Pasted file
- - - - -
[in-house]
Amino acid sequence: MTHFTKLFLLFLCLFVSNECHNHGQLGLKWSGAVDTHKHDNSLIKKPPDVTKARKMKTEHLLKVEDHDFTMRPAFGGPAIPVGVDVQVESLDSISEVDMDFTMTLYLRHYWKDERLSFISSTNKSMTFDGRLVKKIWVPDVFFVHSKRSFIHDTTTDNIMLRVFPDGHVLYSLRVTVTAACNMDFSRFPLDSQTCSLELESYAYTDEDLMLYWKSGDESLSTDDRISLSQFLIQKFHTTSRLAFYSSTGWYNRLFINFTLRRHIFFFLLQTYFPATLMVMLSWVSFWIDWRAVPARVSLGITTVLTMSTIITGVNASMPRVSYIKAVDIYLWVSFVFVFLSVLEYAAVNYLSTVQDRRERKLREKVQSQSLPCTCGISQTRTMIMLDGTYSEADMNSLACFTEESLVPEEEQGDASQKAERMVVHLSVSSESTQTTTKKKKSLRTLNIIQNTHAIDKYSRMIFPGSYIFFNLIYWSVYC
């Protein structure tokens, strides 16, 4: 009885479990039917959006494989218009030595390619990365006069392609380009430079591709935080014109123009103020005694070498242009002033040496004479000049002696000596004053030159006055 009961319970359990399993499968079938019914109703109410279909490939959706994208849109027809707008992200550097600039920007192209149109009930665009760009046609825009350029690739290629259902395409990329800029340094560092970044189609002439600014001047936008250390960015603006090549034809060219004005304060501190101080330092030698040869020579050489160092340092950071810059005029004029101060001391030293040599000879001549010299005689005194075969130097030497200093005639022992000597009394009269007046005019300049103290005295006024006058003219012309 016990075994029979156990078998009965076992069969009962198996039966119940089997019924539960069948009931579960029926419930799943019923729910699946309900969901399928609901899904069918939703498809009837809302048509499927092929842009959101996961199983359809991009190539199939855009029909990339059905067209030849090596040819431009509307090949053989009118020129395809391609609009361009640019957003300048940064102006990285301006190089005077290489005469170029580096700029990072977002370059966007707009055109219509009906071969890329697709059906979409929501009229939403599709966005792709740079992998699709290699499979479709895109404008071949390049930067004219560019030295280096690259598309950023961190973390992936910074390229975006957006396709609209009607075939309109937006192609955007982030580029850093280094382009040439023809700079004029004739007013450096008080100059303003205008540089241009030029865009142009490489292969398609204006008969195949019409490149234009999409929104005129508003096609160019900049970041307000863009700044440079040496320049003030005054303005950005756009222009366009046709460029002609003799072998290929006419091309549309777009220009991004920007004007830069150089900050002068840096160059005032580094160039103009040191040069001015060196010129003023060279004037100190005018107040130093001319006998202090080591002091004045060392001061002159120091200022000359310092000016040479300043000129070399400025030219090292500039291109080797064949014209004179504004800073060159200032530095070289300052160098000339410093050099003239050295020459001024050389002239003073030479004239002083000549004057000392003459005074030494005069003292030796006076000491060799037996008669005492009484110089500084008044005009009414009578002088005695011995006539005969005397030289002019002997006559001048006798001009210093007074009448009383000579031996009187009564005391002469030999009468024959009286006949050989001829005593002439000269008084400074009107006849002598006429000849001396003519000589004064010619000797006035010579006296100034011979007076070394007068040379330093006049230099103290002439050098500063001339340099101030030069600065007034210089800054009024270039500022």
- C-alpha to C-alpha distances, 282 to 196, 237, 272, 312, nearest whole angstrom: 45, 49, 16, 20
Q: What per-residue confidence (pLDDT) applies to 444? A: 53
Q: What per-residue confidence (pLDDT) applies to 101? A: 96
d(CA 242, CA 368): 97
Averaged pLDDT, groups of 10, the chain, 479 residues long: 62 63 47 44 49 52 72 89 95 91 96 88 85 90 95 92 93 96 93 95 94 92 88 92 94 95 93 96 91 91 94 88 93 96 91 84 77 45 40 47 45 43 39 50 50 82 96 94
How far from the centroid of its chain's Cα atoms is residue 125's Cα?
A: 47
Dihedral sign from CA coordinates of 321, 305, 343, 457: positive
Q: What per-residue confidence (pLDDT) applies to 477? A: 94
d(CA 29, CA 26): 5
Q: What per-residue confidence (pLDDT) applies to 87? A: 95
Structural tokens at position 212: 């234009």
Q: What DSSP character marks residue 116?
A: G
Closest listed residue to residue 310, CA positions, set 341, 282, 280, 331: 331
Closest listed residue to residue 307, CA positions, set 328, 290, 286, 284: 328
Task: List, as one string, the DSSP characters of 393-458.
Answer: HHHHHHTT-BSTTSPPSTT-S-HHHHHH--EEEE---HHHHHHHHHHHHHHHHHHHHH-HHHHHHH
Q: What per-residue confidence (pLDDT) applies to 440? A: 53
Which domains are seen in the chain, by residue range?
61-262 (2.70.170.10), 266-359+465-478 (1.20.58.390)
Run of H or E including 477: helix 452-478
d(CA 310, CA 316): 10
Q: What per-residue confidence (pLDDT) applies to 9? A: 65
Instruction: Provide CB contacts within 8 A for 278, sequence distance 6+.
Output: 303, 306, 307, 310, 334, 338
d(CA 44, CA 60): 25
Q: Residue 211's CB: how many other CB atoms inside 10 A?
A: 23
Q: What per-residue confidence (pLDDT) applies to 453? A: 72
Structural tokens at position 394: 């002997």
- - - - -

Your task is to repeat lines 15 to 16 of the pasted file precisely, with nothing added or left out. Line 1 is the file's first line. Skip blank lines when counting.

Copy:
Structural tokens at position 212: 């234009």
Q: What DSSP character marks residue 116?